The blind at the steering wheel

The blind at the steering wheel

Car manufacturers claim that the day when a blind person can be at the wheel is coming closer. However recent testimony in the US congress revealed a number of serious safety risks and ill-defined legal concepts related to autonomous technology.

Last Tuesday US senators had the opportunity to listen to a group of scientists and US tech giant representatives. The director of the self-driving car at Google X, dr. Chris Urmson, gave testimony on the present stage in the process of developing a self-driving vehicle and lobbied for new legislation that would facilitate innovation and better fit the evolving market.

In particular, Urmson made an appeal to the Congress for immediate federal intervention to enable additional testing, which would accelerate the roll out of autonomous cars on the market. At the moment Google is testing its self-driving cars in four American states, California, Austin, Texas, Kirkland and Washington, but once the product is launched it has to be able to move across the whole country and this is when major problems may arise – state legislation is highly disharmonized and often self-driving car-unfriendly. If this status quo is maintained the entire rollout plan may be delayed.

Such a delay could be devastating, as US companies are not the only ones trying to bring driverless cars onto the market. China, Australia, Japan and some EU member states have also been working on similar projects and are equally determined to make self-driving cars a reality in the near future.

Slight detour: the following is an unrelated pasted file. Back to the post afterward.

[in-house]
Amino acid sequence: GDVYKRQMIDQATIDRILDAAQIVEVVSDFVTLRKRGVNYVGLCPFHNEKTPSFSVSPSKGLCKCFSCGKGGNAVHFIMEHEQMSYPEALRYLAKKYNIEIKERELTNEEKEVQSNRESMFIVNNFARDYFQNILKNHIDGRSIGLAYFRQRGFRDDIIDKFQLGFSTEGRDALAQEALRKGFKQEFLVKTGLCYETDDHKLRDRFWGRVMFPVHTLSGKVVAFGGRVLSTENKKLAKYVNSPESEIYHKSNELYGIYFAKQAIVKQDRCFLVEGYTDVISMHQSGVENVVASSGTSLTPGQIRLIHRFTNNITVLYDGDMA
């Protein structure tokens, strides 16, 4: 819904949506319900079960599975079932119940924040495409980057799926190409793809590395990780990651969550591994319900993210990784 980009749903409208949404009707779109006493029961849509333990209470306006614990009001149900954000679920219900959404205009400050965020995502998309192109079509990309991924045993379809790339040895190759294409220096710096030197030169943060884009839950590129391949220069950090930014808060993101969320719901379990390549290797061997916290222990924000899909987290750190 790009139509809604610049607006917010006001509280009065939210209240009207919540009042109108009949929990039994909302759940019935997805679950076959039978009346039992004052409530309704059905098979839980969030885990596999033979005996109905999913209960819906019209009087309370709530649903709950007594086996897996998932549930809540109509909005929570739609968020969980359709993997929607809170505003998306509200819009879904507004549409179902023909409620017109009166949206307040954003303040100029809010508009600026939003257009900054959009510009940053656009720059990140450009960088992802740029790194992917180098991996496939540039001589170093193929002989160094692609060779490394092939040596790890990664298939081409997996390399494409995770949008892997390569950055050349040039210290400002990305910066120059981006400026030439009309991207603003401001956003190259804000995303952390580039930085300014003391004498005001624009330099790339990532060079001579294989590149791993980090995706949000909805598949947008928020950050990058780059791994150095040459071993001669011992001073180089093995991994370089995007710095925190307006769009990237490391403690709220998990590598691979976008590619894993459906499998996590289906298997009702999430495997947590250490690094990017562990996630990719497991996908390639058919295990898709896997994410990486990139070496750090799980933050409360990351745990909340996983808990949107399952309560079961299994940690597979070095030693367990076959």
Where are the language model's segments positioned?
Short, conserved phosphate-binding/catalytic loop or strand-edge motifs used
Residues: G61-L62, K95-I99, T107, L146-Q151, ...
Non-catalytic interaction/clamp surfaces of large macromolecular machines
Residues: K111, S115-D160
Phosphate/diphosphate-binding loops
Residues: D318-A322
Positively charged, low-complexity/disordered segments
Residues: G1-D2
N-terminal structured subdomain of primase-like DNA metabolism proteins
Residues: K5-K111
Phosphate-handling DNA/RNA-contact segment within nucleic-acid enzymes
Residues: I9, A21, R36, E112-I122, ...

Great opportunity for the blind and disabled

Driverless cars as a category refers to a wide range of different technologies. The ultimate stage is what Google calls an autonomous car. Autonomous cars are a hybrid between vehicles and computers as they are operated by a complex computer system consisting of cameras, laser sensors, GPS software, and a multitude of other mechanisms that create a 3-D image of the world around the vehicle. These sophisticated vehicles are undoubtedly a great economic opportunity; preliminary research has shown that they can significantly increase road safety, help achieve significant fuel and time savings, and enable disadvantaged consumers such as blind and disabled persons to become more independent. Notwithstanding the big gains, heated discussions have taken place, contesting the level of safety, cyber security and privacy protection of data generated by the vehicles, liability and, last but not least, the ethics of allowing an algorithm to take critical, sometimes life-and-death decisions.

Looking for the least cost avoider

Safety has been a number one issue in the discussion about autonomous cars. Although Google is calming the public with its statistics proving that they have only been involved in 17 minor crashes throughout the entire testing period of 7 years, the danger may be very real. Car maker Toyota recently settled a class action lawsuit stemming from several instances in which autonomous acceleration systems in certain models malfunctioned, causing the cars to rapidly and uncontrollably accelerate and crash, resulting in severe personal injuries and property damage.

Ex ante state imposed standards are one way to increase the safety level. A regulatory provision for driver’s license endorsement for the operation of an autonomous vehicle was, for instance, introduced in Nevada (USA) which was the first state to pass a considerably comprehensive law on autonomous cars.